Because we operate under the shared ownership framework, the client was transparent with us up front about their concerns for sales, receivables, and technological limitations. This transparency empowered us to collaboratively craft a comprehensive strategy for media, creative, and local SEO management that ultimately led to April YoY sales numbers dropping by a total of only ten cars – even with four of their highest volume locations closed, and a reduced marketing budget. One of the biggest challenges we were able to overcome together was agreeing on a strategy to maintain some media spend across all platforms in specific markets to capitalize on the rebound effect of reopenings, rather than going the way of many competitors and pulling media spend outright.

This was a key decision, because even more impressively, May and June sales reported an increase of 135 and 65 cars sold YOY, respectively – even with one location still closed and no relaxation of buyer financing requirements.

We addressed the concern around customer receivables by dedicating some media to driving customers to a landing page with more details on the different methods to make payments (online, by phone or by mail).

As for what’s next for the client, our conversations have progressed into working together to deploy an evolved go-to-market strategy including new technologies that will allow customers to get preapproved for financing virtually, without ever physically visiting a dealership.

 

Closing Thoughts: Go Beyond the Marketing Sphere

In summary, we should stop looking at the agency/brand relationship model as existing exclusively in the marketing sphere. Both agencies and brands need to overhaul that thinking toward more holistic consideration for business outcomes to drive growth and build lasting partnerships that can even stand up to the test of a global pandemic and prove that a little imagination can go a long way.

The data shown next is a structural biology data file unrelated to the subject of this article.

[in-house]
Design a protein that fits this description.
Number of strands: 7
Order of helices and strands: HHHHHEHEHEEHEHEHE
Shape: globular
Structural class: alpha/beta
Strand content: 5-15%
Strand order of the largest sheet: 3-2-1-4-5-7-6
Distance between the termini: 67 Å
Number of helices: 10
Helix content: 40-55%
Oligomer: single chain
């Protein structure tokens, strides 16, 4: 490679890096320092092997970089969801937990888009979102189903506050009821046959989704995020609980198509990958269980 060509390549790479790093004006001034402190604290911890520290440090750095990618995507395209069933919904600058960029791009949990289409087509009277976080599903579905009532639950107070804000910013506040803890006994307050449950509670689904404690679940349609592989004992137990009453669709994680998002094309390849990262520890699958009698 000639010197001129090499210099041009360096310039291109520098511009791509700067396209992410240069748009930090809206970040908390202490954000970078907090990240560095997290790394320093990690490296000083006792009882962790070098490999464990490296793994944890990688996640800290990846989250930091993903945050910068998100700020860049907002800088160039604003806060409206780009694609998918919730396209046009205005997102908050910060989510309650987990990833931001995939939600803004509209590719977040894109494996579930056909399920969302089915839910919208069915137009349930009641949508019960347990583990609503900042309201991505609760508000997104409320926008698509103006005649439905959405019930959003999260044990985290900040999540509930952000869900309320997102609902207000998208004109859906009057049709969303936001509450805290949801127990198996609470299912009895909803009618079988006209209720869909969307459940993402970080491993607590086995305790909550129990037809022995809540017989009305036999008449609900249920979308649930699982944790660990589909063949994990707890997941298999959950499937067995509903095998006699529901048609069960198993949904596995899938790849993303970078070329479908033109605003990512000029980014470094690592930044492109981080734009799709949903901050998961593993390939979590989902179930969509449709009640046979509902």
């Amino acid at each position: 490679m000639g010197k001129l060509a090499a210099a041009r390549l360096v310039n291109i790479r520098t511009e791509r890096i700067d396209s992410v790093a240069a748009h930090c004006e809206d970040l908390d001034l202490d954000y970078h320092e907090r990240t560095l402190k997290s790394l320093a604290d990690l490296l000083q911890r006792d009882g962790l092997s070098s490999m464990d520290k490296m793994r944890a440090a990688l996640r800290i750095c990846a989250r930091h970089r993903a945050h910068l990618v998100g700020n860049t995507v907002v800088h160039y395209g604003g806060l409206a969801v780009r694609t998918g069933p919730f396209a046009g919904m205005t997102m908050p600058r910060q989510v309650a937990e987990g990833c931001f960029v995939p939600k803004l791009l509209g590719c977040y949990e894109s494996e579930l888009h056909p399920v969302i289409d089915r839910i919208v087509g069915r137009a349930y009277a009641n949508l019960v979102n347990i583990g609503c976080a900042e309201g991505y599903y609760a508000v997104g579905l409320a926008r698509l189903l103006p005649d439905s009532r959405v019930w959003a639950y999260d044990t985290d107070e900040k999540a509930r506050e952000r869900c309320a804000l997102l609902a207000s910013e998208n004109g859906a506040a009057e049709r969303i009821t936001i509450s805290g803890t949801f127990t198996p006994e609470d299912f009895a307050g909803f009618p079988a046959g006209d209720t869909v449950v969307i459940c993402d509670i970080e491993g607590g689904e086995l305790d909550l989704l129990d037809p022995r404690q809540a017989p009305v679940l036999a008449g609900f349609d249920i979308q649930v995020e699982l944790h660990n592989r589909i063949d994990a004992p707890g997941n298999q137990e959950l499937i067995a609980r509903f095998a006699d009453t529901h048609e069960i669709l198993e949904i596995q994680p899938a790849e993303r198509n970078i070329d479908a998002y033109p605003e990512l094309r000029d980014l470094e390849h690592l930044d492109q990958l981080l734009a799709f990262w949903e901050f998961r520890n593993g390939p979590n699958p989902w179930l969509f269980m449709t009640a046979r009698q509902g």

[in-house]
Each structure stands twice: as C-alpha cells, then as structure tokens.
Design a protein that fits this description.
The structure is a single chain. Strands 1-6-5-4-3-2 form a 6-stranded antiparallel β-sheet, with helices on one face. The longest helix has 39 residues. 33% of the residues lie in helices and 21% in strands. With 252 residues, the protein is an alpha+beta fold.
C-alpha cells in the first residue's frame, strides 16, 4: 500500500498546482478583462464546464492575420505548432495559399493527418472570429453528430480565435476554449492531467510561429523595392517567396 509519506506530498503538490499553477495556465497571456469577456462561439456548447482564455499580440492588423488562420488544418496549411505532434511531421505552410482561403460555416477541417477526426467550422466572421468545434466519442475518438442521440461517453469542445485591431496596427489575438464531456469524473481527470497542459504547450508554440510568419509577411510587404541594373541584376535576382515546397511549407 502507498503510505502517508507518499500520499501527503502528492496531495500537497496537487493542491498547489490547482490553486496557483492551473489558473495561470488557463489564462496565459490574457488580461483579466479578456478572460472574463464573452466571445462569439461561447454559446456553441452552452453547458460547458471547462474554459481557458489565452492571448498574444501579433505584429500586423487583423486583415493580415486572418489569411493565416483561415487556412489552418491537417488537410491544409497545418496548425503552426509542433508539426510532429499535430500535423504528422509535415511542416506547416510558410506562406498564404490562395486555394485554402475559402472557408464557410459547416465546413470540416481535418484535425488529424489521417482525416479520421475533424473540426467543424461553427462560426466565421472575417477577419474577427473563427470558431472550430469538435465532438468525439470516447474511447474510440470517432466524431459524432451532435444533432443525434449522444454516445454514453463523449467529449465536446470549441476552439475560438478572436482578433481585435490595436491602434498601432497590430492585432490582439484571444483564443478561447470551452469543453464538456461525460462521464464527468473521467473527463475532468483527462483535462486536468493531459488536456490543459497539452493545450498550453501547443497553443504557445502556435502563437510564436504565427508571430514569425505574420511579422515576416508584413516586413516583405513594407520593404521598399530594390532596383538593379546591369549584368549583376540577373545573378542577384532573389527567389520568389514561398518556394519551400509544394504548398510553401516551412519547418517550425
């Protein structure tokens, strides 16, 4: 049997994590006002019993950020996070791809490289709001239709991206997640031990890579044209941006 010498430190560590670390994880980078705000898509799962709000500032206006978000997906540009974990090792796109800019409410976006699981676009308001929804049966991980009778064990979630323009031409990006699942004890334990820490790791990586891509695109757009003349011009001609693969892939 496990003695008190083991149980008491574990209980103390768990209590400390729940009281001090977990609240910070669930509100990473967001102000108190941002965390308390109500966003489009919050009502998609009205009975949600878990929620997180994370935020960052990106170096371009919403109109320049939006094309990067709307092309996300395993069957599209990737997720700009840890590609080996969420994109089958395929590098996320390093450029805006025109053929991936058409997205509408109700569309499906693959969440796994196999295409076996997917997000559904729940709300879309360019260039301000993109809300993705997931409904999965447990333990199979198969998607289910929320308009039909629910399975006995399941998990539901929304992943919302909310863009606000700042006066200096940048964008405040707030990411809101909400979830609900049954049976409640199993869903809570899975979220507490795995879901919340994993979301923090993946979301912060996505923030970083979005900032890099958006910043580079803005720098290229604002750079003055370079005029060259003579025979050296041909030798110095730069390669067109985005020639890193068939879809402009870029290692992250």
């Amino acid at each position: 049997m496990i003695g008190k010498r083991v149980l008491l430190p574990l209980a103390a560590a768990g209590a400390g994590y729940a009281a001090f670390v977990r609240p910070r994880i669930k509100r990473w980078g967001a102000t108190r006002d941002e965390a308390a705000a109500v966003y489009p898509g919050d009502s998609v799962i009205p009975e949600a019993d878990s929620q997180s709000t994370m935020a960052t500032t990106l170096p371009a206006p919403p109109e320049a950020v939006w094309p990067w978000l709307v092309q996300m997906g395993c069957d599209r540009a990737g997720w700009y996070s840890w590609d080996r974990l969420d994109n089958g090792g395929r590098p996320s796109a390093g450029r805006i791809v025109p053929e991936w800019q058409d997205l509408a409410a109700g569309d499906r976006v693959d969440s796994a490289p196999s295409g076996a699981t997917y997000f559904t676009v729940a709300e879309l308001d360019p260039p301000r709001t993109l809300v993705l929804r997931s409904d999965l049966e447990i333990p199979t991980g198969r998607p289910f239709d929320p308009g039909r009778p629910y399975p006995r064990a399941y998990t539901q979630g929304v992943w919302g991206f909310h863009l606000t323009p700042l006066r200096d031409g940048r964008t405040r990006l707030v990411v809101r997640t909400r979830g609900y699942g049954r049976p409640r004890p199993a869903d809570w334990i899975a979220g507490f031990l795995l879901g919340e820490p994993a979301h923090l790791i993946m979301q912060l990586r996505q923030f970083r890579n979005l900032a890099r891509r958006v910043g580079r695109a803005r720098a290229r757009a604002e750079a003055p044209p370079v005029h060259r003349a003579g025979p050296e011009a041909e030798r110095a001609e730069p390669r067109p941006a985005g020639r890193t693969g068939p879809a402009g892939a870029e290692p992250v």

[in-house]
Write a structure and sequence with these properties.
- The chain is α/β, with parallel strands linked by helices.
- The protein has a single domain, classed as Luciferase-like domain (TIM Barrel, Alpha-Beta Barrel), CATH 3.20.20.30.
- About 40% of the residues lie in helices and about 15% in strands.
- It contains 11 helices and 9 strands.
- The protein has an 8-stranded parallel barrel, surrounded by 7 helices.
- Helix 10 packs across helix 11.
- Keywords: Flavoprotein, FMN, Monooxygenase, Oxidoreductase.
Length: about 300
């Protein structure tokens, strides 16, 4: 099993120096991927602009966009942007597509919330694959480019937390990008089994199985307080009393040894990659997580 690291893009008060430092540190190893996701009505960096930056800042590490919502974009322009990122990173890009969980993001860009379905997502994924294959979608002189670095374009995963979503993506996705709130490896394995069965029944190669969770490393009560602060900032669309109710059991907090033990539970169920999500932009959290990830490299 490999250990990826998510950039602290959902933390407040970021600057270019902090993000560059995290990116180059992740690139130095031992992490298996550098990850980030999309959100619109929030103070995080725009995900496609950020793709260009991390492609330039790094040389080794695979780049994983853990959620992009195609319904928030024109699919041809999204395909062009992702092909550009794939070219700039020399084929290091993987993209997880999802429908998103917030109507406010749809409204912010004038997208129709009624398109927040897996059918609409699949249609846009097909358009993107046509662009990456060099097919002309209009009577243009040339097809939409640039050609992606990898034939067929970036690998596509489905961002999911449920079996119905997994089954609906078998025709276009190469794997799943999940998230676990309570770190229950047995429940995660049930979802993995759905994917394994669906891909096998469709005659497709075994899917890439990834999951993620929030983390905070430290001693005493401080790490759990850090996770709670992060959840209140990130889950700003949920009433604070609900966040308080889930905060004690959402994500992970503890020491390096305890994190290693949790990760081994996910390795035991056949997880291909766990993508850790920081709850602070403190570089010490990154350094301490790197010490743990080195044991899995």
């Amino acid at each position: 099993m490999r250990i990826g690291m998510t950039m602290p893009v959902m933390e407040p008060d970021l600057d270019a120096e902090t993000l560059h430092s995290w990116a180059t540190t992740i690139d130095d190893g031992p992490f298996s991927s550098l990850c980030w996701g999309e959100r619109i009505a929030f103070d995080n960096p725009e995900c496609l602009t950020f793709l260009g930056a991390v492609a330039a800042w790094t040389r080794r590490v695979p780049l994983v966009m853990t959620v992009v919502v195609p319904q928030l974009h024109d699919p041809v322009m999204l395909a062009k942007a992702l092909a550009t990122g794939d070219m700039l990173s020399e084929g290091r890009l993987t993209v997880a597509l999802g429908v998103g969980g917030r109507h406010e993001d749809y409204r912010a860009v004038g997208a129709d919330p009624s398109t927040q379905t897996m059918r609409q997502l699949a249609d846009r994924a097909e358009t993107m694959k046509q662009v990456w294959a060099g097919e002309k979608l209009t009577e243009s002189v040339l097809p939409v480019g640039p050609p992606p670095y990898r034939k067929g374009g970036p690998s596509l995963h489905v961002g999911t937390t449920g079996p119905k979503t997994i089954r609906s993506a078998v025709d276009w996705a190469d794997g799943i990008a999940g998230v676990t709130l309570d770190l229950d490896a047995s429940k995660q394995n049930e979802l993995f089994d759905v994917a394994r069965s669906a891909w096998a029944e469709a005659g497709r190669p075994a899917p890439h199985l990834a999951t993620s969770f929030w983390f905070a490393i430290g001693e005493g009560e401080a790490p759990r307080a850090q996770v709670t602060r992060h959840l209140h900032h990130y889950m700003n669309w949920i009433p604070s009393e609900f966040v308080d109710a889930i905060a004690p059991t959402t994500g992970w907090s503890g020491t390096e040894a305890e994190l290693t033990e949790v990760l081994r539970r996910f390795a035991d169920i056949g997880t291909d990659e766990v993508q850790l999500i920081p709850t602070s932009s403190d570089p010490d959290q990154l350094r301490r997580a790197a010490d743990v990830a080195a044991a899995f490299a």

James leads Account Services for Imaginuity’s Digital and Professional Services practice and brings with him greater than a decade of experience leading client services teams and serving as a partner and champion for clients. James has served several major brands across a wide variety of B2C and B2B verticals, and has honed deep and wide expertise across multiple marketing disciplines, including digital and traditional media, marketing technology, CRM, market research and consumer data segmentation, lead generation, brand strategy, user experience and more.

James leads Account Services for Imaginuity’s Digital and Professional Services practice and brings with him greater than a decade of experience leading client services teams and serving as a partner and champion for clients. James has served several major brands across a wide variety of B2C and B2B verticals, and has honed deep and wide expertise across multiple marketing disciplines, including digital and traditional media, marketing technology, CRM, market research and consumer data segmentation, lead generation, brand strategy, user experience and more.

Imaginuity Insights